New technology optimizing water use has been developed by New Zealand company, Croptide. Described as “a smartwatch for plants” and designed to scale easily, the lightweight sensor fits to individual vines to measure water potential. Early prototypes were refined during trials at vineyards in Hawke’s Bay and Marlborough and today’s sensor is easily installed, fully enclosed and solar powered. A software platform complements the sensors to capture, analyze and present data in an informative and practical way.

In Napa, Calif., Cecelia Buckenham Baines, viticulture manager at Pernod Ricard Winemakers, says of working with Croptide, “Using water effectively and efficiently is particularly important in a drought-prone region such as California. We’re currently in the midst of a ‘mega-drought,’ which makes water use even more front of mind.” 

Fully autonomous tractor

In Marlborough, the world’s first fully autonomous multitasking vineyard tractor, Oxin, has been developed by Smart Machine, in conjunction with Pernod Ricard Winemakers. Smart Machine CEO Andrew Kersley says the goal is to develop fleets of machines that can be managed by a single operator and fitted with systems capable of implementing multiple tasks during a single row pass.

Oxin can help address labor shortages and improve efficiency and safety, while at the same time reducing environmental impact.
Oxin can help address labor shortages and improve efficiency and safety, while at the same time reducing environmental impact.

Kersley sees Oxin as one way to address labor shortages and improve efficiency and safety, while at the same time reducing environmental impact. The one-to-many operation model shifts operator engagement from repetitive navigation of rows to fleet management, observation of vines, assessment of risks, infrastructure, hazards and logistics.

The design of Oxin machines starts with tracks replacing tires, which reduces soil compaction to less than that of a human foot. Camera systems, GPS and lidar (3D scanning) guide the machines down each row. A combination of hydraulically and electric-powered implements on the machines are capable of carrying out various tasks such as trimming, leaf defoliation, mowing and mulching simultaneously.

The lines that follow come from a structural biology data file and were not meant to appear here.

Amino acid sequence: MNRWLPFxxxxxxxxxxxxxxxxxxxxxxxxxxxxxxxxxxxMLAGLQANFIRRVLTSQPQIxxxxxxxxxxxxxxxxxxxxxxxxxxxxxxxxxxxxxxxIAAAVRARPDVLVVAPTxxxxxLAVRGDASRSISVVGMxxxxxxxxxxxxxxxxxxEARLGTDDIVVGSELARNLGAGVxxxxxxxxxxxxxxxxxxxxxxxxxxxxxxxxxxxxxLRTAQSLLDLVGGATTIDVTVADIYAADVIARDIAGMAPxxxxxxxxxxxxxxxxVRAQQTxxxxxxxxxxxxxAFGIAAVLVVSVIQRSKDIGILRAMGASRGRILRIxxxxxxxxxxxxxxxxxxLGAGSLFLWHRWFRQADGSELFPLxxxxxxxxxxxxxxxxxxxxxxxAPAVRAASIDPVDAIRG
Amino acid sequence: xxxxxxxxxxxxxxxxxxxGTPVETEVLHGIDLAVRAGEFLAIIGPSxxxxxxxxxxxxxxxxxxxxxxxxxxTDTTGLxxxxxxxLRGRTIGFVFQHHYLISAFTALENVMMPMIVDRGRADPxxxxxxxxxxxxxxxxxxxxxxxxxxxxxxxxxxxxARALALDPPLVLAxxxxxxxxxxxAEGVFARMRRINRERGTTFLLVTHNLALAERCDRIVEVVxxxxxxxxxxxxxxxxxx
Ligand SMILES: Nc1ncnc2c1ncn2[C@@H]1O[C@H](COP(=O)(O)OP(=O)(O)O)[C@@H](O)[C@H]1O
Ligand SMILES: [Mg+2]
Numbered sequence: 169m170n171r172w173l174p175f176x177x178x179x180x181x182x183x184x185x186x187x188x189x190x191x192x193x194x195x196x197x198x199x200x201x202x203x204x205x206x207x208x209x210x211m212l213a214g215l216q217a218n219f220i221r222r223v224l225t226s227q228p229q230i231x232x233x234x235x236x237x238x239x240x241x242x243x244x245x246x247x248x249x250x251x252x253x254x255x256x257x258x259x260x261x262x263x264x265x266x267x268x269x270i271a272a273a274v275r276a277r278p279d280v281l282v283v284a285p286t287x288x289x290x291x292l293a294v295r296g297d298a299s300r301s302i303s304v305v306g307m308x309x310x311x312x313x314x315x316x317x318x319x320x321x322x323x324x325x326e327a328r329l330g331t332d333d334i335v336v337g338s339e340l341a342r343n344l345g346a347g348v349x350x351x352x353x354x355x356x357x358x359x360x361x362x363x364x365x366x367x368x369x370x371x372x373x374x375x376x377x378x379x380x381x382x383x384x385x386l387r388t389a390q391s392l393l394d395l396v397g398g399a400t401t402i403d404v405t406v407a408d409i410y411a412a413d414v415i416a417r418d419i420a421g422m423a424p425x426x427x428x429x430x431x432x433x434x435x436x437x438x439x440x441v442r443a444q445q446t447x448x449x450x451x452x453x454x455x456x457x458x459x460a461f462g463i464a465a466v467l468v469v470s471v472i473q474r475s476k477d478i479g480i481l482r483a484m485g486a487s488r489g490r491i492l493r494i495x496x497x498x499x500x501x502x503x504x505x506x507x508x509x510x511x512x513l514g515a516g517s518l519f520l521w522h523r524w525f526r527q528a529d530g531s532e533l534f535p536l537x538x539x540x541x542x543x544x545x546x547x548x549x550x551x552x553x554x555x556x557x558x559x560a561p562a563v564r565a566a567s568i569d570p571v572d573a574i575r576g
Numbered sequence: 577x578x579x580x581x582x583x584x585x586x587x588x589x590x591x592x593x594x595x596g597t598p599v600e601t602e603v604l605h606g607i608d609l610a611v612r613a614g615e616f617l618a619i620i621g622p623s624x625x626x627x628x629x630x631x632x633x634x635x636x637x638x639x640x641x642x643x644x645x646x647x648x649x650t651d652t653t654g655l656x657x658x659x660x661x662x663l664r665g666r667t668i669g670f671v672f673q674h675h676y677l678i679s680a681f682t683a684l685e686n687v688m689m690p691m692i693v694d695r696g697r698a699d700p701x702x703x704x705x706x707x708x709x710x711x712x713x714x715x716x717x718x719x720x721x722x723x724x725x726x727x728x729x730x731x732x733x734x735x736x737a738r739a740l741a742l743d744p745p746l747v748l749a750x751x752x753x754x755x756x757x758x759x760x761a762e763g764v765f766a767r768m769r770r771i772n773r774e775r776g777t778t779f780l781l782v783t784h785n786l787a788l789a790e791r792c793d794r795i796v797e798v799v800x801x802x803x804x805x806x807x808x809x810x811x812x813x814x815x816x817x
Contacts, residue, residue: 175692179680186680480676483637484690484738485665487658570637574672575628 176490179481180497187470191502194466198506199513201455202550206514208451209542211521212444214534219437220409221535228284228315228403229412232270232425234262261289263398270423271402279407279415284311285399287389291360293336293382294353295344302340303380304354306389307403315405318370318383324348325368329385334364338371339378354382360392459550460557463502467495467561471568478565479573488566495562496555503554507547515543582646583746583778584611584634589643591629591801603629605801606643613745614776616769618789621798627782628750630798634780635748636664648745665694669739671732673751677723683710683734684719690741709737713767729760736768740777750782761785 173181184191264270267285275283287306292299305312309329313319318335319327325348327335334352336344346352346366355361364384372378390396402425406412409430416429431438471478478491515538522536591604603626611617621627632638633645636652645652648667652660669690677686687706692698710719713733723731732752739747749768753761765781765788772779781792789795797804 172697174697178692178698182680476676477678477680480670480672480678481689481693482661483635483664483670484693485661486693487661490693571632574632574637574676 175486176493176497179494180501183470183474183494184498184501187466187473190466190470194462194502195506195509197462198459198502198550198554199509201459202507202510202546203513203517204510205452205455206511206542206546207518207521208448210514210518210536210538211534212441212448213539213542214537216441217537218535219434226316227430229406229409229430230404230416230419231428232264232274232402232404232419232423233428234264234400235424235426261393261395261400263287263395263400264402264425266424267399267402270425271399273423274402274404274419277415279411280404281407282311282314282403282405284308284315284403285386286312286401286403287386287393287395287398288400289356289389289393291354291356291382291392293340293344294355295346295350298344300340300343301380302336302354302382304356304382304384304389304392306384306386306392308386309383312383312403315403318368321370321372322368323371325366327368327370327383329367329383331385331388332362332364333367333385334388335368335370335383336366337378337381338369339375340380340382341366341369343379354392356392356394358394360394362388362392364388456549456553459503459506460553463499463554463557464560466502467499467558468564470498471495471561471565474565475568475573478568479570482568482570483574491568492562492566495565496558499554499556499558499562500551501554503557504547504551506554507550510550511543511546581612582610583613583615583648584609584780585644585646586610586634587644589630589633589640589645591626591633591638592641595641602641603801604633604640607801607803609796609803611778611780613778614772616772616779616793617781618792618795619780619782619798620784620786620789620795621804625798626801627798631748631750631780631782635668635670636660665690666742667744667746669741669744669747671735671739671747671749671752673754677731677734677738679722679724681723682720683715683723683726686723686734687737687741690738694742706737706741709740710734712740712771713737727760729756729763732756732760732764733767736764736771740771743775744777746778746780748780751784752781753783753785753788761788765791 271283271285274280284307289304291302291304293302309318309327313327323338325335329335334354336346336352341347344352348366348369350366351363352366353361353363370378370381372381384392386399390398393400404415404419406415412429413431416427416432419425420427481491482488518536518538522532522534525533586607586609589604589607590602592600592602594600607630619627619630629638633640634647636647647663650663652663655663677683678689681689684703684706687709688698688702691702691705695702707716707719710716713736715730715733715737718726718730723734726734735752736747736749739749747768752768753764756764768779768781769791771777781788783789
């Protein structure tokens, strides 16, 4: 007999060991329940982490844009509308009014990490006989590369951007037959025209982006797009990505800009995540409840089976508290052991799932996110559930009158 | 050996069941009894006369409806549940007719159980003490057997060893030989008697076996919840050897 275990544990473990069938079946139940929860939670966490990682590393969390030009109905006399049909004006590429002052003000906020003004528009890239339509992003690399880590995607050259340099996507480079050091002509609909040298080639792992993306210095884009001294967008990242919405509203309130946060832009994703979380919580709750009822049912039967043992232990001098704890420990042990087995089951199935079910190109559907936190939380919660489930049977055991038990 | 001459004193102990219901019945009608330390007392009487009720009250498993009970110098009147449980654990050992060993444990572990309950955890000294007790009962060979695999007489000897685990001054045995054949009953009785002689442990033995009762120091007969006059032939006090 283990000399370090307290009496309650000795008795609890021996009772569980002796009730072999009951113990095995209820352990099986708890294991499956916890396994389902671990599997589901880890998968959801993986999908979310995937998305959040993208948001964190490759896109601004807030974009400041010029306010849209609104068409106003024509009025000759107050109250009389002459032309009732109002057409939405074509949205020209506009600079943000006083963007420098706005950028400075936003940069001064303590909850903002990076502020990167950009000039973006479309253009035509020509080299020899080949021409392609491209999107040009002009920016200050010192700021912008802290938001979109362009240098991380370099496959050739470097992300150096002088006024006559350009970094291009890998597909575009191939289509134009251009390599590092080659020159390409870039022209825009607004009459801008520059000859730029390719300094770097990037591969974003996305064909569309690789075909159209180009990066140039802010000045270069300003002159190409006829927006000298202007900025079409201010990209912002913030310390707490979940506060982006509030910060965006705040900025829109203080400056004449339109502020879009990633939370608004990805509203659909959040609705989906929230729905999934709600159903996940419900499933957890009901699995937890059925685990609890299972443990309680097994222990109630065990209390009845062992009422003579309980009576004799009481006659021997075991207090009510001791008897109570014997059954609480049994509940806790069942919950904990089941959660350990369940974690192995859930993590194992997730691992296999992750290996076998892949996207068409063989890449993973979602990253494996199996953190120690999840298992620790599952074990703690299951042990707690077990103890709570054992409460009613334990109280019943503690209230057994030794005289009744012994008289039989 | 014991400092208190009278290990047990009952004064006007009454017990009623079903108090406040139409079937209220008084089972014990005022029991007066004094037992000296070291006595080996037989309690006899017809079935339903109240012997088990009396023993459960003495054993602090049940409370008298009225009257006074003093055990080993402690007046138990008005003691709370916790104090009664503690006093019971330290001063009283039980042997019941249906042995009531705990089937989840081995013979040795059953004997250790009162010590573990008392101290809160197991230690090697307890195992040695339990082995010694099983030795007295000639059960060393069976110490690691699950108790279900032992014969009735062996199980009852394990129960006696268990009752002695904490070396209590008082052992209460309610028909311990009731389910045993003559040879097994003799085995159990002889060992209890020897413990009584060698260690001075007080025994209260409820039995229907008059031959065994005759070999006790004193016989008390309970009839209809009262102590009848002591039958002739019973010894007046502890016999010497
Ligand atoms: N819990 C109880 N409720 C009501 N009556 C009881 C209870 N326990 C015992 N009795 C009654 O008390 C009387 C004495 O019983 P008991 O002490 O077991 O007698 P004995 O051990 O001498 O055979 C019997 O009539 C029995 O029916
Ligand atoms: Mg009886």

The transfer of data from the technology on the ground to backend business systems also supports planning and reporting. “It’s important, as a technology company, that we provide tools that growers can integrate into an ecosystem of other tools and technology in a way that works for them,” says Kersley. 

Active partnerships with new technology not only underpin the ingenuity of the New Zealand wine industry, it’s also beneficial for global quality wine production and industry longevity.

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Simone Madden-Grey
Simone Madden-Grey

Simone Madden-Grey

Based in Melbourne, Australia, Simone Madden-Grey writes about the people, places and stories she has discovered on her travels. Her portfolio can be found at happywinewoman.com, including articles on climate and sustainability in the wine industry, as well as the wines, regions and gourmet destinations of Australia and her home country, New Zealand.